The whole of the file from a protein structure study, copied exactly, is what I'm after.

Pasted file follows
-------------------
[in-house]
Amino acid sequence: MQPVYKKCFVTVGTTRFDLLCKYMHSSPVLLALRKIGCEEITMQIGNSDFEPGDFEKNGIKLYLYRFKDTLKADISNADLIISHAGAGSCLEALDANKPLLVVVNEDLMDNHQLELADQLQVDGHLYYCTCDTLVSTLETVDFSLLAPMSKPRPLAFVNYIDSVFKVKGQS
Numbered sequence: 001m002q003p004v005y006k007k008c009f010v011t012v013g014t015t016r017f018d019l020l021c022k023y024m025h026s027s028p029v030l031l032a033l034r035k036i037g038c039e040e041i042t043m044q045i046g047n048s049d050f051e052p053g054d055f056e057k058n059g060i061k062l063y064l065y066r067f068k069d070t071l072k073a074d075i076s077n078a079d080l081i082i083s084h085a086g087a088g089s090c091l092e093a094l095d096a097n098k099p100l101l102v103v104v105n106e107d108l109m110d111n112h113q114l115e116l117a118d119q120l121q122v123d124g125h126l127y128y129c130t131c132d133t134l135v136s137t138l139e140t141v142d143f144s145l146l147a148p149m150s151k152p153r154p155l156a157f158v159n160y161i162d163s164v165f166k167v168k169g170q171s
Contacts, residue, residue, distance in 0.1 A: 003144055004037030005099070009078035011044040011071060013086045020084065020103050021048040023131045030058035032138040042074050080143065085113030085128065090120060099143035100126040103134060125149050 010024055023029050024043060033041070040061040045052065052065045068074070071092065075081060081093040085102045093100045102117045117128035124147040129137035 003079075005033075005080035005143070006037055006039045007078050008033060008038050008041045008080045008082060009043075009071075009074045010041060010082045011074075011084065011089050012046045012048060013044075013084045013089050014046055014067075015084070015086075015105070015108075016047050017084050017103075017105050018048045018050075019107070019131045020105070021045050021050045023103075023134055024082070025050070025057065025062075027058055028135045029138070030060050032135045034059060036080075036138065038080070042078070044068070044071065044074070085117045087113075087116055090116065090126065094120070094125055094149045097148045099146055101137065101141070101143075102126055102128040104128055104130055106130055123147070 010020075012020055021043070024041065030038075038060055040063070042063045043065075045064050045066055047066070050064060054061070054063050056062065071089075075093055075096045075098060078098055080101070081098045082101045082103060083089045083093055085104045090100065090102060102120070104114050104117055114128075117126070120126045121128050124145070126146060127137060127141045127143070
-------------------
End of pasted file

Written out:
[in-house]
Amino acid sequence: MQPVYKKCFVTVGTTRFDLLCKYMHSSPVLLALRKIGCEEITMQIGNSDFEPGDFEKNGIKLYLYRFKDTLKADISNADLIISHAGAGSCLEALDANKPLLVVVNEDLMDNHQLELADQLQVDGHLYYCTCDTLVSTLETVDFSLLAPMSKPRPLAFVNYIDSVFKVKGQS
Numbered sequence: 001m002q003p004v005y006k007k008c009f010v011t012v013g014t015t016r017f018d019l020l021c022k023y024m025h026s027s028p029v030l031l032a033l034r035k036i037g038c039e040e041i042t043m044q045i046g047n048s049d050f051e052p053g054d055f056e057k058n059g060i061k062l063y064l065y066r067f068k069d070t071l072k073a074d075i076s077n078a079d080l081i082i083s084h085a086g087a088g089s090c091l092e093a094l095d096a097n098k099p100l101l102v103v104v105n106e107d108l109m110d111n112h113q114l115e116l117a118d119q120l121q122v123d124g125h126l127y128y129c130t131c132d133t134l135v136s137t138l139e140t141v142d143f144s145l146l147a148p149m150s151k152p153r154p155l156a157f158v159n160y161i162d163s164v165f166k167v168k169g170q171s
Contacts, residue, residue, distance in 0.1 A: 003144055004037030005099070009078035011044040011071060013086045020084065020103050021048040023131045030058035032138040042074050080143065085113030085128065090120060099143035100126040103134060125149050 010024055023029050024043060033041070040061040045052065052065045068074070071092065075081060081093040085102045093100045102117045117128035124147040129137035 003079075005033075005080035005143070006037055006039045007078050008033060008038050008041045008080045008082060009043075009071075009074045010041060010082045011074075011084065011089050012046045012048060013044075013084045013089050014046055014067075015084070015086075015105070015108075016047050017084050017103075017105050018048045018050075019107070019131045020105070021045050021050045023103075023134055024082070025050070025057065025062075027058055028135045029138070030060050032135045034059060036080075036138065038080070042078070044068070044071065044074070085117045087113075087116055090116065090126065094120070094125055094149045097148045099146055101137065101141070101143075102126055102128040104128055104130055106130055123147070 010020075012020055021043070024041065030038075038060055040063070042063045043065075045064050045066055047066070050064060054061070054063050056062065071089075075093055075096045075098060078098055080101070081098045082101045082103060083089045083093055085104045090100065090102060102120070104114050104117055114128075117126070120126045121128050124145070126146060127137060127141045127143070